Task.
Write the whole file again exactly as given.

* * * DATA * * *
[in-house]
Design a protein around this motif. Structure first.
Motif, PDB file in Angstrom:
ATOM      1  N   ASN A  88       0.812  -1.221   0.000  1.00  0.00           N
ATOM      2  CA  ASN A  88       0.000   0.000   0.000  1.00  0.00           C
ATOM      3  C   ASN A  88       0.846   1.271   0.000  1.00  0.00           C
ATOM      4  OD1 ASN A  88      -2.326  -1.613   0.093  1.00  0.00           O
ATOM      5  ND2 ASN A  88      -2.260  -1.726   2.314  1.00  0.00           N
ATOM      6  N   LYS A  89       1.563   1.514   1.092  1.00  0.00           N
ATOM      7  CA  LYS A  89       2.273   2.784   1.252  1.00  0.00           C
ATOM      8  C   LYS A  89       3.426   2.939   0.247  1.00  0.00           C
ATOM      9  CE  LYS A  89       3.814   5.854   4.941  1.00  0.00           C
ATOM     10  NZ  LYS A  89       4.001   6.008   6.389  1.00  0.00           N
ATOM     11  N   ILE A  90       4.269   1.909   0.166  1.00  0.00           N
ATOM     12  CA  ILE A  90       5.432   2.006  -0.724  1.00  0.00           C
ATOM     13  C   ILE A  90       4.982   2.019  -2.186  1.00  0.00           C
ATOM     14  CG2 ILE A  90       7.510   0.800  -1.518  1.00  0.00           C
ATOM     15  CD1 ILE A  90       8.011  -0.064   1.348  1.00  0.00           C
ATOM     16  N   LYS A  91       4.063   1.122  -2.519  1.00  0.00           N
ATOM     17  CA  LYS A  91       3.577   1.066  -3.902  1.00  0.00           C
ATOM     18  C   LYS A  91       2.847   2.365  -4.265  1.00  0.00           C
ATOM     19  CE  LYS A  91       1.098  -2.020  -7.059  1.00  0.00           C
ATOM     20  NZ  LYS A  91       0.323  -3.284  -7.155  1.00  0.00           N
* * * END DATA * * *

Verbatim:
[in-house]
Design a protein around this motif. Structure first.
Motif, PDB file in Angstrom:
ATOM      1  N   ASN A  88       0.812  -1.221   0.000  1.00  0.00           N
ATOM      2  CA  ASN A  88       0.000   0.000   0.000  1.00  0.00           C
ATOM      3  C   ASN A  88       0.846   1.271   0.000  1.00  0.00           C
ATOM      4  OD1 ASN A  88      -2.326  -1.613   0.093  1.00  0.00           O
ATOM      5  ND2 ASN A  88      -2.260  -1.726   2.314  1.00  0.00           N
ATOM      6  N   LYS A  89       1.563   1.514   1.092  1.00  0.00           N
ATOM      7  CA  LYS A  89       2.273   2.784   1.252  1.00  0.00           C
ATOM      8  C   LYS A  89       3.426   2.939   0.247  1.00  0.00           C
ATOM      9  CE  LYS A  89       3.814   5.854   4.941  1.00  0.00           C
ATOM     10  NZ  LYS A  89       4.001   6.008   6.389  1.00  0.00           N
ATOM     11  N   ILE A  90       4.269   1.909   0.166  1.00  0.00           N
ATOM     12  CA  ILE A  90       5.432   2.006  -0.724  1.00  0.00           C
ATOM     13  C   ILE A  90       4.982   2.019  -2.186  1.00  0.00           C
ATOM     14  CG2 ILE A  90       7.510   0.800  -1.518  1.00  0.00           C
ATOM     15  CD1 ILE A  90       8.011  -0.064   1.348  1.00  0.00           C
ATOM     16  N   LYS A  91       4.063   1.122  -2.519  1.00  0.00           N
ATOM     17  CA  LYS A  91       3.577   1.066  -3.902  1.00  0.00           C
ATOM     18  C   LYS A  91       2.847   2.365  -4.265  1.00  0.00           C
ATOM     19  CE  LYS A  91       1.098  -2.020  -7.059  1.00  0.00           C
ATOM     20  NZ  LYS A  91       0.323  -3.284  -7.155  1.00  0.00           N